Newsletter – 3rd October 98

Greetings from a somewhat grey Edinburgh – after our glorious 3 day “Indian Summer” (the forecasters said it would be 10) in mid-September when we basked in 28 degree warmth we seem to have skipped October and plunged straight into dark November mornings.

This newsletter has taken me a while to get round to writing, because I really wasn’t sure what I should say. It should have been a happy one – with mention of Dorothy’s 75th birthday – but the death of her husband Alastair a few days later has of course changed that completely.

To start with the birthday.
Dorothy celebrated her 75th birthday on the 25th August and, as those of you on the various discussion groups will already know, I sent her a card on behalf of all of you and those of us here at Thins, shortly before I went on holiday a few days before the big day. The card was a fairly elaborate gatefold design and given the difficulties in finding good messages in cards these days I was pleased to find one that was in some ways appropriate.
The verse was:

You’re thought about and spoken of so often through the year
It wouldn’t be a secret that you’re someone very dear
But your birthday is a perfect chance to specially tell you so
And to wish you much more happiness than words could ever show

When I got back to work after the holiday I found the following fax on my desk.

Dear Bill, Douglas, Jeanette, and all the Unalloyed Webbers out there in the ether…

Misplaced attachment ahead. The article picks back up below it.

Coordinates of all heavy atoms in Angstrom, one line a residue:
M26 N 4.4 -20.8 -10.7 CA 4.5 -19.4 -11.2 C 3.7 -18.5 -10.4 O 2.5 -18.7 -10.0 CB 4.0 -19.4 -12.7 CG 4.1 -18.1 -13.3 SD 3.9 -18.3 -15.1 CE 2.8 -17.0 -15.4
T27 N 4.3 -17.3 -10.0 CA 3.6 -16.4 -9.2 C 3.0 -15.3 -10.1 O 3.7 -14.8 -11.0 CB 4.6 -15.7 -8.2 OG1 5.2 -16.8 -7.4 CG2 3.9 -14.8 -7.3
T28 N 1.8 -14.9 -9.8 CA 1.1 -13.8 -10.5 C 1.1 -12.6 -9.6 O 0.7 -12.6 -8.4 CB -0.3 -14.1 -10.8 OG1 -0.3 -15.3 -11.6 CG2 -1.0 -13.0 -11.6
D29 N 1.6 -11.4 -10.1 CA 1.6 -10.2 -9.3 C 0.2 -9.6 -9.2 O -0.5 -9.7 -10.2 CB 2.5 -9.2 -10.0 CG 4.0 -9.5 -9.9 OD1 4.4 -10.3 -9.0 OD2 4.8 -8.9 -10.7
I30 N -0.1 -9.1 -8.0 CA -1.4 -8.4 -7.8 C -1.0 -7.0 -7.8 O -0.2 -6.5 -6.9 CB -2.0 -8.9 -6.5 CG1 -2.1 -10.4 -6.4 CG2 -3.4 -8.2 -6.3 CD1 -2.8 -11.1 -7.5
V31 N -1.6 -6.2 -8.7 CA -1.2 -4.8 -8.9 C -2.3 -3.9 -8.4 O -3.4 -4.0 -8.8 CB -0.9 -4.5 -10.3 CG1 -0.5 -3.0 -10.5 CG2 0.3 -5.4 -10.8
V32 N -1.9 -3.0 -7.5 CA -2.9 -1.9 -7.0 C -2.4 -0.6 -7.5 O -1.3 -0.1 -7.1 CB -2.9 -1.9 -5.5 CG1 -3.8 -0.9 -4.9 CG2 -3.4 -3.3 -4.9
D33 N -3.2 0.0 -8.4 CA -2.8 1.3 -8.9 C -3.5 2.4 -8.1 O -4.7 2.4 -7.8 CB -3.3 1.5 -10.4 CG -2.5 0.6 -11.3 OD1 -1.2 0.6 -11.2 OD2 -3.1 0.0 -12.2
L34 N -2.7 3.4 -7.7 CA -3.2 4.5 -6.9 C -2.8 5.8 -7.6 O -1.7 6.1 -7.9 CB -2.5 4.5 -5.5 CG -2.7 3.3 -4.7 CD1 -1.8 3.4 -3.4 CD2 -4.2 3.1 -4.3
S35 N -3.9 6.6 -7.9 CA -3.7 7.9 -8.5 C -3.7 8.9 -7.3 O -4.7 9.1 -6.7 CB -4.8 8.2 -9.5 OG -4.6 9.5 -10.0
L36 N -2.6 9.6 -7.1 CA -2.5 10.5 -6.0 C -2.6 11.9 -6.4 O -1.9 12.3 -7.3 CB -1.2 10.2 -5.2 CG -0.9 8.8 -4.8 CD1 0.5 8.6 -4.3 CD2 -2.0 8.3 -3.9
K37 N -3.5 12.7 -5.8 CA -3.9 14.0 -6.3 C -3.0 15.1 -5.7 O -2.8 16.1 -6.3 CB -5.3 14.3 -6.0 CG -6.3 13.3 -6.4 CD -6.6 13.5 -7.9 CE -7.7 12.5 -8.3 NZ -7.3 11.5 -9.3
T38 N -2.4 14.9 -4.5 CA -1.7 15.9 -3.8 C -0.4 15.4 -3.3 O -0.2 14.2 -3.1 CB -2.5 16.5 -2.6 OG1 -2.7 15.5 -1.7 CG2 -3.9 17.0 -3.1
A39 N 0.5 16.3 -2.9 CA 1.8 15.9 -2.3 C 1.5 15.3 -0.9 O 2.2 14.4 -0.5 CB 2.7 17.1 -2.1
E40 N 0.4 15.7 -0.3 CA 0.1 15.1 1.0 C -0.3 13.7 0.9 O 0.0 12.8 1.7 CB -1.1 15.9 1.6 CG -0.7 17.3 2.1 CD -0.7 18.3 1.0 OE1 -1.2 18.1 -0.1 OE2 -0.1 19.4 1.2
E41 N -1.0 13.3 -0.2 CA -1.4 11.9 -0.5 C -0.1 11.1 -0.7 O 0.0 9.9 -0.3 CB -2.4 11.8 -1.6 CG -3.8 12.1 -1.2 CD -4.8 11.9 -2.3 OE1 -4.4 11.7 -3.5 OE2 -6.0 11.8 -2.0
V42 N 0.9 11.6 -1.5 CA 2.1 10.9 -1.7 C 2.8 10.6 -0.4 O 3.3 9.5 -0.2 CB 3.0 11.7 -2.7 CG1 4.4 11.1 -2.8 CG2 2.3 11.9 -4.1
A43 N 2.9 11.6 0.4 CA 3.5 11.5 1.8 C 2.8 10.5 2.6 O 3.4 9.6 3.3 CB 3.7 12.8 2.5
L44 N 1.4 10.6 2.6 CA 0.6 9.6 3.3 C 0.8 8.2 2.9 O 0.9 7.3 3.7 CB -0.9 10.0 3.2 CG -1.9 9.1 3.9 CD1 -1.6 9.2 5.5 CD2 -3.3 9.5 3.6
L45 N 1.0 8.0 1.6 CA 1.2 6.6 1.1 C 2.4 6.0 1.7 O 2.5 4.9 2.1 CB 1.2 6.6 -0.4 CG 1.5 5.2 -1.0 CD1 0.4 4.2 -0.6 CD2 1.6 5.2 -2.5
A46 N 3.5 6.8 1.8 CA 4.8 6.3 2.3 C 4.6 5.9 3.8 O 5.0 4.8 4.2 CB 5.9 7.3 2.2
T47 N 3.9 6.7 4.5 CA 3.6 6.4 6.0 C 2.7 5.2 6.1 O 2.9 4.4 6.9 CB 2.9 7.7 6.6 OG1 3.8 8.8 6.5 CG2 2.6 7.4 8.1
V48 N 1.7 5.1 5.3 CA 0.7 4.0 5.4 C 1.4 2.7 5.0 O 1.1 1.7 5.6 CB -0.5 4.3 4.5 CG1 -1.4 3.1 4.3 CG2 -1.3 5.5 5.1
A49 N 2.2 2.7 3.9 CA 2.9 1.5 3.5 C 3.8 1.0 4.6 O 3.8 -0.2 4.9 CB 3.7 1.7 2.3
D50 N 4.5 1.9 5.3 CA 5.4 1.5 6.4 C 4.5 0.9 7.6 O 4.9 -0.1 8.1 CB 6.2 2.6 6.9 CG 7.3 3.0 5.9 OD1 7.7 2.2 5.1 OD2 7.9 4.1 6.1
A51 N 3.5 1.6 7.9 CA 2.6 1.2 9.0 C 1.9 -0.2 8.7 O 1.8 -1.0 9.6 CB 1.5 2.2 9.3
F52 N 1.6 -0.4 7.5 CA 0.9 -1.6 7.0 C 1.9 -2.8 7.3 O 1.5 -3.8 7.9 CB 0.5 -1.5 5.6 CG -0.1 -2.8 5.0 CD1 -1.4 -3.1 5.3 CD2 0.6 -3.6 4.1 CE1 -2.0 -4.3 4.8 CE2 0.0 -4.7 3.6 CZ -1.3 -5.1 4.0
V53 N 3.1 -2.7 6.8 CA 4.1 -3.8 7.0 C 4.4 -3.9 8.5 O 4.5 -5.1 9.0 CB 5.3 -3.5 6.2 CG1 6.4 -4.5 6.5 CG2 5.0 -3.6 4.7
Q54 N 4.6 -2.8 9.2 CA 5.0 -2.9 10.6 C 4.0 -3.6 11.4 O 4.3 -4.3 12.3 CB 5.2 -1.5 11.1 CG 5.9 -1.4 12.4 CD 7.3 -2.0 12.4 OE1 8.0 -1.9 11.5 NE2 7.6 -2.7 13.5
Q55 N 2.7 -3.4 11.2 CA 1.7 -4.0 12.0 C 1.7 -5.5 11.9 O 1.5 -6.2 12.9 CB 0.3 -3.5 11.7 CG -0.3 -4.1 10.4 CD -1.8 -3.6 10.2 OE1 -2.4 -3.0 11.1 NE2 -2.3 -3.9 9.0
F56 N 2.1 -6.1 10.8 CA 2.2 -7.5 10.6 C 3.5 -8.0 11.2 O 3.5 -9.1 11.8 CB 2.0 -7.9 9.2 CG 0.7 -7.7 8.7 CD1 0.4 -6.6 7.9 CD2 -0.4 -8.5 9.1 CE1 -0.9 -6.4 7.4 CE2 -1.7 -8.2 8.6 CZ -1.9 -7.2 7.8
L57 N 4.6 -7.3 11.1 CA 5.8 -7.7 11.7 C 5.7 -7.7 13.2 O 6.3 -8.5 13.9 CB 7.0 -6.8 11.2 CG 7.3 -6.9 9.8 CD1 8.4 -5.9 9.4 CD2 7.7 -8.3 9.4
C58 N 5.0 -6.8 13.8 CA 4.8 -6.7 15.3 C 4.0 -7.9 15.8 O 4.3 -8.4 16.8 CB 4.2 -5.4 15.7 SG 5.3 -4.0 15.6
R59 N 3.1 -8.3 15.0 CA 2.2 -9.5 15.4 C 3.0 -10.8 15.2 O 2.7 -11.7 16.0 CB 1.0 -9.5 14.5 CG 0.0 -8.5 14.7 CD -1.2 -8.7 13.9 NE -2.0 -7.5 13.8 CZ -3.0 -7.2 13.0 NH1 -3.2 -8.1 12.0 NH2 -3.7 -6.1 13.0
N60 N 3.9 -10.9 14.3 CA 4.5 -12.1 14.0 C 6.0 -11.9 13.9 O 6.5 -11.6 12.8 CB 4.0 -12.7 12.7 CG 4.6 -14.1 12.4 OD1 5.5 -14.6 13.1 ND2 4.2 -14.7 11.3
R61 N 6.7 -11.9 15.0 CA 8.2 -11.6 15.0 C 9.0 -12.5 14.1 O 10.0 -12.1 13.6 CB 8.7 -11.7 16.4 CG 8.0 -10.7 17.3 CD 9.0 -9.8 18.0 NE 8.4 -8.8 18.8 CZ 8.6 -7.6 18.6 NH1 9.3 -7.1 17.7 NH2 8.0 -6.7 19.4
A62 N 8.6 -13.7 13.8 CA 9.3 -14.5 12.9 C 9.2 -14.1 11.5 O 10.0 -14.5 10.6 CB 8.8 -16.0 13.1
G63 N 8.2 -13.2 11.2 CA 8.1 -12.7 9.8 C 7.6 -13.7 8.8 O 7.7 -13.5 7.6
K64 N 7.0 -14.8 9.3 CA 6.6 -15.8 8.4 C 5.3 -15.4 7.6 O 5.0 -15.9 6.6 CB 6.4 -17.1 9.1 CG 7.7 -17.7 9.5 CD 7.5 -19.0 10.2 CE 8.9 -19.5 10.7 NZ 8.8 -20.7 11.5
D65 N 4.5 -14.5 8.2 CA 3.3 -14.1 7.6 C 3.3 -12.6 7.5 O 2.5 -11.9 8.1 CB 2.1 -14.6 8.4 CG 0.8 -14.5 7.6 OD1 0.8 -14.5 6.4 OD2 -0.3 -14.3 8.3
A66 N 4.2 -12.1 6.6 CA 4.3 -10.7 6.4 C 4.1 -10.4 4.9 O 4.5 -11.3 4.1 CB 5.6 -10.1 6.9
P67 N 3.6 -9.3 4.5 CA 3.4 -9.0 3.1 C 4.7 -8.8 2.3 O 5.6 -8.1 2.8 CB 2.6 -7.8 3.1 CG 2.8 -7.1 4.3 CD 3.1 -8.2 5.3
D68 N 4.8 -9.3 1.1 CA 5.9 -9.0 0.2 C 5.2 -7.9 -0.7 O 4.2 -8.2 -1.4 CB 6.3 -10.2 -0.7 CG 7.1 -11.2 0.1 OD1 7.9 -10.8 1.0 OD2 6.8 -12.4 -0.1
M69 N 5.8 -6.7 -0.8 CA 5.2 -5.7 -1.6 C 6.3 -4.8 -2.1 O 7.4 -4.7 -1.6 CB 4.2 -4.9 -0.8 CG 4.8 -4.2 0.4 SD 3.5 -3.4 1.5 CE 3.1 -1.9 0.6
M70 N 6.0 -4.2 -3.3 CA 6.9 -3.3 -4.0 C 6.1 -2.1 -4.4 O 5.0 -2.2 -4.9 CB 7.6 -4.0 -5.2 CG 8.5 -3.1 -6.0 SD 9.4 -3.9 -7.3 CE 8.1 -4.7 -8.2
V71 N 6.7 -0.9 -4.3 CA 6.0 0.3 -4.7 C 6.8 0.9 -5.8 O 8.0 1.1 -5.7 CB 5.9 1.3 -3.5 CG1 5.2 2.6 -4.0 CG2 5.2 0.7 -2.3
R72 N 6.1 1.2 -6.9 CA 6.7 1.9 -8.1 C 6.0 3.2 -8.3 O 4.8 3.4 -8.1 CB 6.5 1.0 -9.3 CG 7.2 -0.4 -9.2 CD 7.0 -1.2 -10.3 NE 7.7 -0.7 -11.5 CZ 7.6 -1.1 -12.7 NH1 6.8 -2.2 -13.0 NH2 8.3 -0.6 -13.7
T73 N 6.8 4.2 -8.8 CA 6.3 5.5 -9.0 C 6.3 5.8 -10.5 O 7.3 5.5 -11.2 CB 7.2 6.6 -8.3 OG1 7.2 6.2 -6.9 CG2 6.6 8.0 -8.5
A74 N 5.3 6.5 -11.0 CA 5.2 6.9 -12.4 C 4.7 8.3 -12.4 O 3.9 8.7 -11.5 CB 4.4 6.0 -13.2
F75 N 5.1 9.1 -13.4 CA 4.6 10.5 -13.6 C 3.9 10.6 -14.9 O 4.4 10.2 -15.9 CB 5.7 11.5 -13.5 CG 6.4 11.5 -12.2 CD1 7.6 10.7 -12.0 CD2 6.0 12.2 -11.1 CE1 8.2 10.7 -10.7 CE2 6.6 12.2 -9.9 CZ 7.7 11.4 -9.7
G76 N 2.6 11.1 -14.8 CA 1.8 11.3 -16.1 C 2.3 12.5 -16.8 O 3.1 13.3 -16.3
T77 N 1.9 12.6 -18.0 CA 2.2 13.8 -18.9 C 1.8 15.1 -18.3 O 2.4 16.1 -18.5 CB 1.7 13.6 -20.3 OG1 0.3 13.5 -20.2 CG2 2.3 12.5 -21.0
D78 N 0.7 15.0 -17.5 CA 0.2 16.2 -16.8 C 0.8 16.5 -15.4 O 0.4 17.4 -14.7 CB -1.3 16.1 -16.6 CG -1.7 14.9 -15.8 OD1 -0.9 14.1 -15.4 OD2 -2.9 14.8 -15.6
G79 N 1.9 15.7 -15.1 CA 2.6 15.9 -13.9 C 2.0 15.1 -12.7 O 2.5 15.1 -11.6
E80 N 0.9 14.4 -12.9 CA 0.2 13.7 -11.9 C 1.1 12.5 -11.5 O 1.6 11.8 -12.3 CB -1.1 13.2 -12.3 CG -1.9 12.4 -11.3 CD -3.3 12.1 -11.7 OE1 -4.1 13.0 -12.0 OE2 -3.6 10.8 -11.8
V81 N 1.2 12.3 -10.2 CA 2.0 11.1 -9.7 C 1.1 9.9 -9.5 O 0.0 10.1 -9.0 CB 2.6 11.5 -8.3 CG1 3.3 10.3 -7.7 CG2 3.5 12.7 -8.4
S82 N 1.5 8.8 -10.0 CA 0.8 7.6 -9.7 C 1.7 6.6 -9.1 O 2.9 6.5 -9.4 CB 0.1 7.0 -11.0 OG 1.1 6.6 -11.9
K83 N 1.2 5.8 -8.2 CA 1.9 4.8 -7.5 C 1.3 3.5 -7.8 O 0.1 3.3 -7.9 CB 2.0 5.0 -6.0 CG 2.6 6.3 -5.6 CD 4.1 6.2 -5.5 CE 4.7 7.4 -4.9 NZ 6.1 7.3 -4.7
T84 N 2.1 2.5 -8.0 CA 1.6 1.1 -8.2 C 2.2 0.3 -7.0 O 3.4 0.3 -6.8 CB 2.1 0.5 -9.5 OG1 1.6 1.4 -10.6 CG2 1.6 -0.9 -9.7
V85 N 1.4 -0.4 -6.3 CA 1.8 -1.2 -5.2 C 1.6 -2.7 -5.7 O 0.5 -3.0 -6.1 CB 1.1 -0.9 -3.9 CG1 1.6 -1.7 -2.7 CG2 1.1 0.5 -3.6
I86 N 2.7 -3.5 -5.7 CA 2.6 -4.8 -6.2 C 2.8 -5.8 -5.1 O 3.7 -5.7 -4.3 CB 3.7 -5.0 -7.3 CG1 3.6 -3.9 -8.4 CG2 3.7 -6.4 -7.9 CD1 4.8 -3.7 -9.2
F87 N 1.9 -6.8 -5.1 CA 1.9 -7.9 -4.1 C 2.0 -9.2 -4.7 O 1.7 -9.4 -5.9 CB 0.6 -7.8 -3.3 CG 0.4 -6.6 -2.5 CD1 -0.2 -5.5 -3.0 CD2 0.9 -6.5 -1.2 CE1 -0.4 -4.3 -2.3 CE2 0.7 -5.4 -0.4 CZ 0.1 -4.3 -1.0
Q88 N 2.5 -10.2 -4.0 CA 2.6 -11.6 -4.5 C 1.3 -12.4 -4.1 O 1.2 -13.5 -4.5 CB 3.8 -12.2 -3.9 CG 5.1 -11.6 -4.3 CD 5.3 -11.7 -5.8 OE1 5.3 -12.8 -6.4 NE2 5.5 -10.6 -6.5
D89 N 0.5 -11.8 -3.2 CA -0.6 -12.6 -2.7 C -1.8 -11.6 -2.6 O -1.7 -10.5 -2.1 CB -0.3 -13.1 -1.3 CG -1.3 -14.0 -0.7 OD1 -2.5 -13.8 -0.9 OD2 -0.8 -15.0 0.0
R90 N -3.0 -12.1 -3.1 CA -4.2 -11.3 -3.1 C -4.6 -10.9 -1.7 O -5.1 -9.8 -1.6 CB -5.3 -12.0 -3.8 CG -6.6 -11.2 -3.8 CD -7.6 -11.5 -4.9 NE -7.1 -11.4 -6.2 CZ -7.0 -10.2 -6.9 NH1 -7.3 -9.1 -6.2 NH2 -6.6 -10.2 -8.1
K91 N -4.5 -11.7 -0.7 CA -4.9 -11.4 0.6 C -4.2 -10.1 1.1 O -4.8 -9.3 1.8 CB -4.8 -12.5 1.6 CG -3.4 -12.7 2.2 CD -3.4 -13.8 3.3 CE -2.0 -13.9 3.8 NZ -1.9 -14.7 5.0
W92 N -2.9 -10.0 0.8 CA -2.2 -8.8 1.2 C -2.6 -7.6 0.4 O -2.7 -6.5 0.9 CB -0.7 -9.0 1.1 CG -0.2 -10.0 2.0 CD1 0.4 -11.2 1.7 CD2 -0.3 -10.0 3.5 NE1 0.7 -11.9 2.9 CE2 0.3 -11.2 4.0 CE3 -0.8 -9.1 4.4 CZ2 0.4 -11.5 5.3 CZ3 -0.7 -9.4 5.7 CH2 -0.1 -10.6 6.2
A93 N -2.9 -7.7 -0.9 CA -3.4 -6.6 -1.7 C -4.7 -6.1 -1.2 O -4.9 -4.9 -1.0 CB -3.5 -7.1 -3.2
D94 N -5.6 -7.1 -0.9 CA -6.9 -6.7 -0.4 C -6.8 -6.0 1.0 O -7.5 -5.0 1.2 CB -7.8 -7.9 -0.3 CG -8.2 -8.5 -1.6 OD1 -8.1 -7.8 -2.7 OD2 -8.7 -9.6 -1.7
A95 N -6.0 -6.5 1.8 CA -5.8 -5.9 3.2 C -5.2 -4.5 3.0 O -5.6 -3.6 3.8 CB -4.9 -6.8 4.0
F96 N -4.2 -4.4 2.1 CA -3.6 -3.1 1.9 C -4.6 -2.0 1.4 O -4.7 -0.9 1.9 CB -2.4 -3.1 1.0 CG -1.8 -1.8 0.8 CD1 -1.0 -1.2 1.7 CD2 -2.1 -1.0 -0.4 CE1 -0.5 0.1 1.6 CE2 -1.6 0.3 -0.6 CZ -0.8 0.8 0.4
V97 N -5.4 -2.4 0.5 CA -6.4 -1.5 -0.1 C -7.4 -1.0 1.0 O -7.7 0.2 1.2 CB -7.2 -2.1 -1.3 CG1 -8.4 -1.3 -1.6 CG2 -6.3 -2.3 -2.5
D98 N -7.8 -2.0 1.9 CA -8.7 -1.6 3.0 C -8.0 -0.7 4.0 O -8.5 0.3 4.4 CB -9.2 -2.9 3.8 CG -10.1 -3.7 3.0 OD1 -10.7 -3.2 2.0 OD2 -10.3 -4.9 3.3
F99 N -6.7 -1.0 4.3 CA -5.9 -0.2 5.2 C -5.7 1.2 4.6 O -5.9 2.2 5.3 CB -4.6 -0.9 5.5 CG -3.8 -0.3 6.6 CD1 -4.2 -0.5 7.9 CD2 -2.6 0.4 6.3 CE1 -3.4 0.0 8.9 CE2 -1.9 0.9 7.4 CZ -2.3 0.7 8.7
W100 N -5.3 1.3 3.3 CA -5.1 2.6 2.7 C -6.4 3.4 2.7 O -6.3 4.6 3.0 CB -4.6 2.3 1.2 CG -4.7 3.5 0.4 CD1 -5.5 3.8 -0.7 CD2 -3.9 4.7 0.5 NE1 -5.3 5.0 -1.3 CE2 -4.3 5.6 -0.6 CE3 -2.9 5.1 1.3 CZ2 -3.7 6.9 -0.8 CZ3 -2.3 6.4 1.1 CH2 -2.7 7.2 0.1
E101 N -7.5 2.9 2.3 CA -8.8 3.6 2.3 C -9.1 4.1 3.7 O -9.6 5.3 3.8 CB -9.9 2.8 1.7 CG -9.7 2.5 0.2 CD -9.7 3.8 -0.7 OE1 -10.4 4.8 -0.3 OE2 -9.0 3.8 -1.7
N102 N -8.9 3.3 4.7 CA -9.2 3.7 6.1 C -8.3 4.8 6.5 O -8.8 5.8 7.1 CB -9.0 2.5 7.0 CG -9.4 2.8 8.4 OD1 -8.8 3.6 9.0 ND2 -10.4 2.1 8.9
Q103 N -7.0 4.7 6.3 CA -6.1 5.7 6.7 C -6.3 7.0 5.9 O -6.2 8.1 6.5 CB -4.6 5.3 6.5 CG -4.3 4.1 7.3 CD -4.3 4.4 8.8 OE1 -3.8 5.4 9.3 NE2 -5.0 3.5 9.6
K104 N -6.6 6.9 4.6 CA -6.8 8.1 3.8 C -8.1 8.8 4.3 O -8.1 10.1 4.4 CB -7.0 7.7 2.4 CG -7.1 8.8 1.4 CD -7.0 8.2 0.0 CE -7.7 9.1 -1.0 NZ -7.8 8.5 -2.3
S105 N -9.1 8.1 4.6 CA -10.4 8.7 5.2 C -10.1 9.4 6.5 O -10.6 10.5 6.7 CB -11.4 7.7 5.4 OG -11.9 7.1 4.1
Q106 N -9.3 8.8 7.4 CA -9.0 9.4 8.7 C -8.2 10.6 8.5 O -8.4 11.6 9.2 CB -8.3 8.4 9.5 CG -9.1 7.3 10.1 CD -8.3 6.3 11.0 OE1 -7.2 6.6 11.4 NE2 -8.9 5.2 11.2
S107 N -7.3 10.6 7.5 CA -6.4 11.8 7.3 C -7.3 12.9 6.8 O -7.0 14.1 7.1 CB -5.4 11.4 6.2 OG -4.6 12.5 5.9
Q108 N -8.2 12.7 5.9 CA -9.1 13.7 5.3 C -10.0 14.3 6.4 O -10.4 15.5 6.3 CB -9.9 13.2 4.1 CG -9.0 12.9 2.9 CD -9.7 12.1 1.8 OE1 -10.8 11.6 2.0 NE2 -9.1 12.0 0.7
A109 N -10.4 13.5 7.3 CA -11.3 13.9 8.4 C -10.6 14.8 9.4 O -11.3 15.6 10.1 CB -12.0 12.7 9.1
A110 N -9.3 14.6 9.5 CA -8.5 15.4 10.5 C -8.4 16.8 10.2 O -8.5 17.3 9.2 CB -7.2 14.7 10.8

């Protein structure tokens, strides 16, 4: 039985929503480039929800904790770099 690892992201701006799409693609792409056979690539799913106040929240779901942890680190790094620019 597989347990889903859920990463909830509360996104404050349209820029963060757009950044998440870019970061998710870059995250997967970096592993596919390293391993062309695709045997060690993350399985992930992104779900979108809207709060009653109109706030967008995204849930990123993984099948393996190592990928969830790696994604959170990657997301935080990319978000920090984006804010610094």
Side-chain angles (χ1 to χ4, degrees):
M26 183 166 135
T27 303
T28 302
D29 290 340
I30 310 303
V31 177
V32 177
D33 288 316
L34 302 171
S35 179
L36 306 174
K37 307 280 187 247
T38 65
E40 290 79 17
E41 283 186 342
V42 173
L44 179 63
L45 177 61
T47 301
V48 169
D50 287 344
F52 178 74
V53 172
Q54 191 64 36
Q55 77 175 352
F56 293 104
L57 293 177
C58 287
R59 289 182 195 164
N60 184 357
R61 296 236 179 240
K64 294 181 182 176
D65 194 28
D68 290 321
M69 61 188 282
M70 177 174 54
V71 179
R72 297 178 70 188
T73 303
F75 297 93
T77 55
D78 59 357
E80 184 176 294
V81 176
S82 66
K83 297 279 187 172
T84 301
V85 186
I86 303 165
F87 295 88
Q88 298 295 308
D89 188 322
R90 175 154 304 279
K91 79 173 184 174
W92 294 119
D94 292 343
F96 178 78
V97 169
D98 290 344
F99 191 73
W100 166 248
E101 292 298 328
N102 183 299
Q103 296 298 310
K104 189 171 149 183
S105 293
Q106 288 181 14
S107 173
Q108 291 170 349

A vast pink card stands on the shelf by my parrot (does everyone know about my parrot?) congratulating me on surviving past the allotted span by five years. This has come about solely by the preserving effects of constant praise (the bits of your communications that you permit me to read) and the bracing knowledge that there is a lot of sturdy criticism going on out there from which I am tenderly shielded. I have to say incidentally, never bother to pull punches. Anyone who has brought up two sons can take anything on the chin, and generally has the thick skin to prove it.

What has arrived however is not a critique but a very sweet message which I do take to heart. Come to think of it my mother lived to 92, so there is time even to answer all your questions about Lymond, and Nicholas, and Thorfinn, and JJ before taking off, in a hurry, for Mars. For you know you don’t really want them all answered – just some of them. The rest you will probably manage to sort out for yourselves; in fact many of you, I suspect, have sorted out the next book as well. I look forward to comparing notes when it comes out.